Slack, and the case for bar-raising (instead of lowering)

A few weeks ago Slack replaced the input text box which previously exclusively allowed formatting to be done in Markdown with a WYSIWYG 1 version.

The change may have been benign had it been backward compatible, but that wasn’t the case — along with the new tiny buttons were a number of regressions that compromised the original Markdown features. Users would find themselves unable to close a code element they’d started, or unable to create two formatting blocks side by side.

Rarely has there been such a vehement backlash from the Hacker community over a change, with an angry thread skimming a 3,000 point horizon as I publish this. And it seems to have worked – Slack has indicated that they’ll add a toggle to return to a Markdown editor, a concession they’d previously refused to even consider.

New WYSIWYG textbox

Beyond the bugs and reduced usability, there’s the more profound argument that when it comes to the basic text formatting elements in use 99% of the time — bold, italic, code, lists, etc., WYSIWYG is fundamentally slower. Markdown is more efficient in that it requires fewer clicks and keystrokes, so a fast Markdown user will outpace a fast WYSIWYG without fail, every time.

The thought process of Slack’s product people leading to the new editor is pretty clear. In their minds, Markdown may have been an acceptable convention for the early hackers who seeded the platform, and it may have some technical advantages, but is far too complex for a dull-witted majority.

And to be fair, this brand of thinking isn’t unique to Slack. Many of us have argued for years that the transition from desktop to mobile OSes like Mac OS to iOS are highly similar in that they trade power and productivity for an aesthetic veneer and rock bottom barrier to entry.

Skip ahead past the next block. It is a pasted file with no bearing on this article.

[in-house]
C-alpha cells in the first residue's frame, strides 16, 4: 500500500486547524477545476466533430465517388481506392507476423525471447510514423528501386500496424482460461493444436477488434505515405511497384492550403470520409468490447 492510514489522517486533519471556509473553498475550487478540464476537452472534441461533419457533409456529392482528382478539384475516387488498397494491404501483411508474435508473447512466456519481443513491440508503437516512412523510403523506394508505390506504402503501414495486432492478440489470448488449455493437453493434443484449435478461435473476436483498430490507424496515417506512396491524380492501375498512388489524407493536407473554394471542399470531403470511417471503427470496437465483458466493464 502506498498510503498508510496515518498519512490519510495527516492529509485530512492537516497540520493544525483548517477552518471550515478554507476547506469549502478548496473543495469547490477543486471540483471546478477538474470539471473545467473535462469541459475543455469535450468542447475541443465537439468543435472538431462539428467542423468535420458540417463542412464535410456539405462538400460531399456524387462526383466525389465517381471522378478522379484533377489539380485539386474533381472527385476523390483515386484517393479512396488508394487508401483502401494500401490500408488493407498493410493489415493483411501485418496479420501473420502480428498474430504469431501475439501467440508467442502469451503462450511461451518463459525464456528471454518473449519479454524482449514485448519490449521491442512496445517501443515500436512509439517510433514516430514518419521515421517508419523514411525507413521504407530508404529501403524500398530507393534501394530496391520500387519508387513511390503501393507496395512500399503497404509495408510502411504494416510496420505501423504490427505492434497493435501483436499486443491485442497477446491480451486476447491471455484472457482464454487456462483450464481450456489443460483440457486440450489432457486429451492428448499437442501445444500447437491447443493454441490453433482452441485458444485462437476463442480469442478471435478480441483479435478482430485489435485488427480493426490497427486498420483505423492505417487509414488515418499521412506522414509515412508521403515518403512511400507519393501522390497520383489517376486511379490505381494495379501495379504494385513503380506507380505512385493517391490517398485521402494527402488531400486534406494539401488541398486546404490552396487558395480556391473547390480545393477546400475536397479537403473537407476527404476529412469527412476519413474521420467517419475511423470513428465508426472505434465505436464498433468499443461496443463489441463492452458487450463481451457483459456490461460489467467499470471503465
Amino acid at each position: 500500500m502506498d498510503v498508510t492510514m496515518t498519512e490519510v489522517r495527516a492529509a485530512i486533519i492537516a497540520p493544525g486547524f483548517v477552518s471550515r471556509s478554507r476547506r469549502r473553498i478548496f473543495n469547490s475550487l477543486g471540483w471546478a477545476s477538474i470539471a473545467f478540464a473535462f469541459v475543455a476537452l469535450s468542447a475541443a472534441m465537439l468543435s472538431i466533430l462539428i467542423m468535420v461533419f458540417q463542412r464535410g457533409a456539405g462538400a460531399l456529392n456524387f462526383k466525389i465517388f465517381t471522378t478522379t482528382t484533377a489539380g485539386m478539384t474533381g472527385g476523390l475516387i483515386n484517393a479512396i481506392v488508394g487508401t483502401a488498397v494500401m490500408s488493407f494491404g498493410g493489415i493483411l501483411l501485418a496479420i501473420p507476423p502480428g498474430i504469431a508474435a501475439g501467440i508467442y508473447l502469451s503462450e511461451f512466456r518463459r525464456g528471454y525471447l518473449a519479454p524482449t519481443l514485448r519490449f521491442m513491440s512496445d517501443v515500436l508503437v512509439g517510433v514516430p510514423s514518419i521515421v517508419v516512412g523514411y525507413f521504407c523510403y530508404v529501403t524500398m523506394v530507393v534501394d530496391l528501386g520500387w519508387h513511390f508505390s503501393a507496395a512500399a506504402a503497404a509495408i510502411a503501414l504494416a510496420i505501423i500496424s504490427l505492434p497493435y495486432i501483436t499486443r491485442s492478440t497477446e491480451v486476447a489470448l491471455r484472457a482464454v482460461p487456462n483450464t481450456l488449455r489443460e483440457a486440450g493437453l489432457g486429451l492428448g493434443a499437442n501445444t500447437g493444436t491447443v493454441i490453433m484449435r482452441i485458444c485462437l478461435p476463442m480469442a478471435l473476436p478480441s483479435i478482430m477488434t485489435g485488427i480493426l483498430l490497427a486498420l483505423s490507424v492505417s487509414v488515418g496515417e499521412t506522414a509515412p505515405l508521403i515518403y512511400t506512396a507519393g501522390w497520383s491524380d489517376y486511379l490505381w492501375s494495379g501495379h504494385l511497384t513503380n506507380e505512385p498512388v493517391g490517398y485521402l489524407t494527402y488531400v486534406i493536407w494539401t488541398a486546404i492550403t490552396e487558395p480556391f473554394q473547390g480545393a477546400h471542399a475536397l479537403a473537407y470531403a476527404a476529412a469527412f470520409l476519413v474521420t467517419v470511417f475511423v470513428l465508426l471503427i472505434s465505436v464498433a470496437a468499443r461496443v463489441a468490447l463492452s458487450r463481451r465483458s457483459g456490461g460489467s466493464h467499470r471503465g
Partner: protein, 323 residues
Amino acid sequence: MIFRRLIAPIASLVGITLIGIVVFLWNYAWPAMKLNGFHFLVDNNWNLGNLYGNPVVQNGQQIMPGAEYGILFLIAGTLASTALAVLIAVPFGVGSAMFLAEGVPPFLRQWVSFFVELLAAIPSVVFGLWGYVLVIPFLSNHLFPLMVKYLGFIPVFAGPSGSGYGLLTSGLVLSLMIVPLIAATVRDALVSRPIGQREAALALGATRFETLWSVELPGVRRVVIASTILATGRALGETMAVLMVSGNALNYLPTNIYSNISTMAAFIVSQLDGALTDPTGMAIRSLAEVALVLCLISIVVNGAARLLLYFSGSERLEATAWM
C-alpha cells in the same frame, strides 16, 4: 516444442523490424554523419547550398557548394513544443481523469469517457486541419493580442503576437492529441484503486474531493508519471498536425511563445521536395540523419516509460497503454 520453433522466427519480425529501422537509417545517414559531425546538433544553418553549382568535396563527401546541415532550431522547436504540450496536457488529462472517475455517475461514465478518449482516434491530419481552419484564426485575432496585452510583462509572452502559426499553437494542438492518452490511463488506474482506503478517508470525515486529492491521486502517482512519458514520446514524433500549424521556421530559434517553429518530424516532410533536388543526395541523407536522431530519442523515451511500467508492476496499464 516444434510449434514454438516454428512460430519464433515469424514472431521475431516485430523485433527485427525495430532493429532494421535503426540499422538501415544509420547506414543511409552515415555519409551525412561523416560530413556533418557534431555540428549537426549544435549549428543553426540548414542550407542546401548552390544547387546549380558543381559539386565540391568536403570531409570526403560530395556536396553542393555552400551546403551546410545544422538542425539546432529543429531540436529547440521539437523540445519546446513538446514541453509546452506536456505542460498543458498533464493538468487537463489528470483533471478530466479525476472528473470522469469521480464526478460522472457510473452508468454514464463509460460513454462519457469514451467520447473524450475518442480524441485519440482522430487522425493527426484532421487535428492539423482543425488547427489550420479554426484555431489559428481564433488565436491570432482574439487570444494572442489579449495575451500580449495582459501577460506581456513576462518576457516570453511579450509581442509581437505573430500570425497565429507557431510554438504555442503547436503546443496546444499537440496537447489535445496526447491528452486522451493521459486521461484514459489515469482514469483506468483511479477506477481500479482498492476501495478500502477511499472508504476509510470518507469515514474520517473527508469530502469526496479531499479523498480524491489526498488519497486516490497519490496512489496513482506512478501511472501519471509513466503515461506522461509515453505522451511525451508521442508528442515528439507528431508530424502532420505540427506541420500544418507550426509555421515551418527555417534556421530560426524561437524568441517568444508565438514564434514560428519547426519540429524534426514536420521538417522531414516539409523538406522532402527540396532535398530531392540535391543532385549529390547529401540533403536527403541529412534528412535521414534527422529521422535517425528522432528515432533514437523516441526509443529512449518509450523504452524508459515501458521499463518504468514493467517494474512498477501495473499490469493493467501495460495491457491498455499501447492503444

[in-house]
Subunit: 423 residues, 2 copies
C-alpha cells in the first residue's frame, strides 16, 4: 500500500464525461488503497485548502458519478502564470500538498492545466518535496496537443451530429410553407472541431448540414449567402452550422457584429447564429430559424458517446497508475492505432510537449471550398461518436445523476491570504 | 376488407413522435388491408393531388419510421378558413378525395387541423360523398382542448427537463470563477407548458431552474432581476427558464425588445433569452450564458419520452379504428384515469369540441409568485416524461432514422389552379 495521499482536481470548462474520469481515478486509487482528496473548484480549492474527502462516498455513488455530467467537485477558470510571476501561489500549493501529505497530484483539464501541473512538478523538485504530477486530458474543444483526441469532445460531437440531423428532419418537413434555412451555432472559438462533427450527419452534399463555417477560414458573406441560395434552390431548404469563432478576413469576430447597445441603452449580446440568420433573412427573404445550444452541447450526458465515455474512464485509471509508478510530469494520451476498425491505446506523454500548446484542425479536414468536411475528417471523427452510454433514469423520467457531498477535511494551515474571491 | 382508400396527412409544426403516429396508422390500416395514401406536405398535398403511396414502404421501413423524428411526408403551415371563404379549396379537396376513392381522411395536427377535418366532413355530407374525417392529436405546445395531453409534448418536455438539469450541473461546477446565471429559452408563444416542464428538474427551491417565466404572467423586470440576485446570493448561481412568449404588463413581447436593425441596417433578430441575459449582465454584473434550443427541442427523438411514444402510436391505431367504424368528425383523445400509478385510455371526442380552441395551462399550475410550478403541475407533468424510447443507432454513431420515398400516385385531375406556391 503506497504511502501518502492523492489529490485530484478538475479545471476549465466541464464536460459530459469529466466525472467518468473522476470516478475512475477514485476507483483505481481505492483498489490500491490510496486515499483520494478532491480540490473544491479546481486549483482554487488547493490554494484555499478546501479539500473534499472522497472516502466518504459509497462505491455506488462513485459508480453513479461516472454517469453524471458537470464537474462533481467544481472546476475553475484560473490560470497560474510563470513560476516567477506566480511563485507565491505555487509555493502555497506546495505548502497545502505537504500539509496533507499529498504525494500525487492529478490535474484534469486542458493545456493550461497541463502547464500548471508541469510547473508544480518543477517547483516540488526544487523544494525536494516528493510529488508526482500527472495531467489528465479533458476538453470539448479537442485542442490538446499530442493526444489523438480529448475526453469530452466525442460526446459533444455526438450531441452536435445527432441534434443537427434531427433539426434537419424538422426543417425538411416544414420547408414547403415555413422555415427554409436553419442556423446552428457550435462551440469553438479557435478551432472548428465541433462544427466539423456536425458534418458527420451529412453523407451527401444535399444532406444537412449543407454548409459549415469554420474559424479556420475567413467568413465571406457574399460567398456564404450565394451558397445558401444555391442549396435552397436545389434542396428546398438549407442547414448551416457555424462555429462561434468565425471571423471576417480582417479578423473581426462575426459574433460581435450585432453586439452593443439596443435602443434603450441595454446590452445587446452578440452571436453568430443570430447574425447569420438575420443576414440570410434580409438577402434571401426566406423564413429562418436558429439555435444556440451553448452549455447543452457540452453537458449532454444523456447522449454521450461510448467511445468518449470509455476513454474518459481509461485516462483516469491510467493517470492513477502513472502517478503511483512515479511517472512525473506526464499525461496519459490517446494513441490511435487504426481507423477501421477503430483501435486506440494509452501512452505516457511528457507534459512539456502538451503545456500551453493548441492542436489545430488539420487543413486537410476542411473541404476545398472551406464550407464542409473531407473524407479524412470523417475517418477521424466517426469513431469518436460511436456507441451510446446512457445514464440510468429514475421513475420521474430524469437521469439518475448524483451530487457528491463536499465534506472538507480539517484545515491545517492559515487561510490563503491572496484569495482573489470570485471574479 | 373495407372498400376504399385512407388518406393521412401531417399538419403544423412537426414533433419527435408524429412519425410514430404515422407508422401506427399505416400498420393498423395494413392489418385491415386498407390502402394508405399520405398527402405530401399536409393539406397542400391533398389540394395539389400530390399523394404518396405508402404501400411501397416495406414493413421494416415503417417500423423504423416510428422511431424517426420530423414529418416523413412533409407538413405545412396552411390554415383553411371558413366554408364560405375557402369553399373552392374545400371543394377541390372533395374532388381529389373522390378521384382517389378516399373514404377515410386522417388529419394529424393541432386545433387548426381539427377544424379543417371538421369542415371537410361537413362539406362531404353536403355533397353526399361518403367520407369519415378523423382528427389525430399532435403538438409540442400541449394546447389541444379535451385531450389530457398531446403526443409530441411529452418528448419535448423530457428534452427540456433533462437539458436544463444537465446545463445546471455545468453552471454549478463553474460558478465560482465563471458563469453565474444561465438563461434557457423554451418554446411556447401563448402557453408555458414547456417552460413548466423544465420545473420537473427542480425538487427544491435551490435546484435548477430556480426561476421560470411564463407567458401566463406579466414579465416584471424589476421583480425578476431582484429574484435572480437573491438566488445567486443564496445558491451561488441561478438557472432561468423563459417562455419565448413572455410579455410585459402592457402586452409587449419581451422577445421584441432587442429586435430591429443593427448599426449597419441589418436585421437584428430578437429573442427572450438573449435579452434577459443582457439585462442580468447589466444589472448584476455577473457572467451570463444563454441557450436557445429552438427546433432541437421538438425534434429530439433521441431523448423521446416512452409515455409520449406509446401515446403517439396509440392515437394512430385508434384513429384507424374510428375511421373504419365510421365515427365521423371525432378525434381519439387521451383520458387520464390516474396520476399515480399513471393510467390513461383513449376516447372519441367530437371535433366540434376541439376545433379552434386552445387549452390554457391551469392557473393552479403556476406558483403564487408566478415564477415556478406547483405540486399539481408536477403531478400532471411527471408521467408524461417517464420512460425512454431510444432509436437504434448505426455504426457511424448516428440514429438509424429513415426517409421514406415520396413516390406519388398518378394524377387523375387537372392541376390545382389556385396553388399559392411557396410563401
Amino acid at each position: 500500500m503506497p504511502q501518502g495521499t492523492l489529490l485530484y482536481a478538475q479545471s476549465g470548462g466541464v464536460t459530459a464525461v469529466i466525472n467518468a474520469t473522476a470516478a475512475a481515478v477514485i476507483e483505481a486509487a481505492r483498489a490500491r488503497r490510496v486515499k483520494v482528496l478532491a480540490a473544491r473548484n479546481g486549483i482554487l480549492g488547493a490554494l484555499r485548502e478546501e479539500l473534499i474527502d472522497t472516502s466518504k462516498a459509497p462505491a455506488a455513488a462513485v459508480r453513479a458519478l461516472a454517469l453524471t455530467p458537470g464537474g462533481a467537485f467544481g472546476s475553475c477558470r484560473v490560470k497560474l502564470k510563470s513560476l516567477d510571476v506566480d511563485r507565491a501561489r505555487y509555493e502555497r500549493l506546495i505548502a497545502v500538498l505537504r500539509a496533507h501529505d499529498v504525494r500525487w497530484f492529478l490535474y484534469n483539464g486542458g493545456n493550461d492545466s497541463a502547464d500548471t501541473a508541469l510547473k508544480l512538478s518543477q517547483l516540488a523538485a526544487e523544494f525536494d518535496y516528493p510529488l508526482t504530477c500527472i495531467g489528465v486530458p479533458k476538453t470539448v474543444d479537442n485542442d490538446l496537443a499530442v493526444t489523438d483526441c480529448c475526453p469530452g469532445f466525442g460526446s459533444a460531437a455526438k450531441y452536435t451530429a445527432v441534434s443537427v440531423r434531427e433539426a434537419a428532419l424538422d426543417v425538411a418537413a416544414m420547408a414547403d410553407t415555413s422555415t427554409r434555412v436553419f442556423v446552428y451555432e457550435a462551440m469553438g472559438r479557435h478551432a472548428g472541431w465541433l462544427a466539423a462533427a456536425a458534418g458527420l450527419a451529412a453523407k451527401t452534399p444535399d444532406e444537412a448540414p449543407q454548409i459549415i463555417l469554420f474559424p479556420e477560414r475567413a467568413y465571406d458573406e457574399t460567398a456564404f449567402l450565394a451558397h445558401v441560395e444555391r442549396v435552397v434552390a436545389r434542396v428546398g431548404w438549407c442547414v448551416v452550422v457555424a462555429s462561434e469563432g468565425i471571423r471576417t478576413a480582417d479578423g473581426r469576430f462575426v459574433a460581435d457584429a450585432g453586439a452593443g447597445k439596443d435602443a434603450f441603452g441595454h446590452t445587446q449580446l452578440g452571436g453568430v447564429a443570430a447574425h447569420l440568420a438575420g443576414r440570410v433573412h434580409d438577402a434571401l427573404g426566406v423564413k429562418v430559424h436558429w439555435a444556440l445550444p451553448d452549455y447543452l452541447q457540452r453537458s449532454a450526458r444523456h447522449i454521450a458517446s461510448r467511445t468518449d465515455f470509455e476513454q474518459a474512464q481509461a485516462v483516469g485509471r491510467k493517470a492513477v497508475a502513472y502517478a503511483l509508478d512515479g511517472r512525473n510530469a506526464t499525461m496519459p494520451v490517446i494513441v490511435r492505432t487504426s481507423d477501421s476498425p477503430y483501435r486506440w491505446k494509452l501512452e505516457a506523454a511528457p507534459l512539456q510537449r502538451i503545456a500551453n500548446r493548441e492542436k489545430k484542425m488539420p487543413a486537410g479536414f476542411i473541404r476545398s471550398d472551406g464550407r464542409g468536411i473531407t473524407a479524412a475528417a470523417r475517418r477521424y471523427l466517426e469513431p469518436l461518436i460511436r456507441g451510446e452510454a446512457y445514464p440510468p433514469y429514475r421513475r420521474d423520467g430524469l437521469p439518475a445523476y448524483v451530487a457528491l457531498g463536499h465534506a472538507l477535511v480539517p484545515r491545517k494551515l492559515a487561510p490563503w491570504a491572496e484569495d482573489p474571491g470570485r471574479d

It doesn’t have to be this way. Instead of lowering expectations to the lowest common denominator, the lowest common denominator can be ratcheted up. People are smart, and even though learning curves for some techniques are non-zero, with a bit of education and practice, they can get there.

A QWERTY keyboard

To see an example of a major success in this area we need look no further than the keyboards and QWERTY layout that most of us are using right now (be it on computer or phone). QWERTY seen for the first time would have seemed cruel and unusual, with letters arranged arbitrarily so that the position of each one had to be discovered individually. The original typewriters would have seemed to necessitate an unlikely leap in public competence to ever see wide operation.

But we did it — a huge portion of the world can type in one form or another, and to great effect. You can make the argument that modern speech input is finally reaching comparable input speed, but for decades typing has been a faster way to get words down on paper/screen compared by full multiples. The same simpletons who couldn’t possibly learn Markdown are happily clacking away right now on QWERTY from that new WYSIWYG editor.

Instead of lowering the bar by forcing the world to WYSIWYG, we can raise it by teaching. Markdown is a great place to start.

1 WYSIWYG means “What You See Is What You Get”, a long-time computing term describing an editor that shows you a fully formatted result as you edit.

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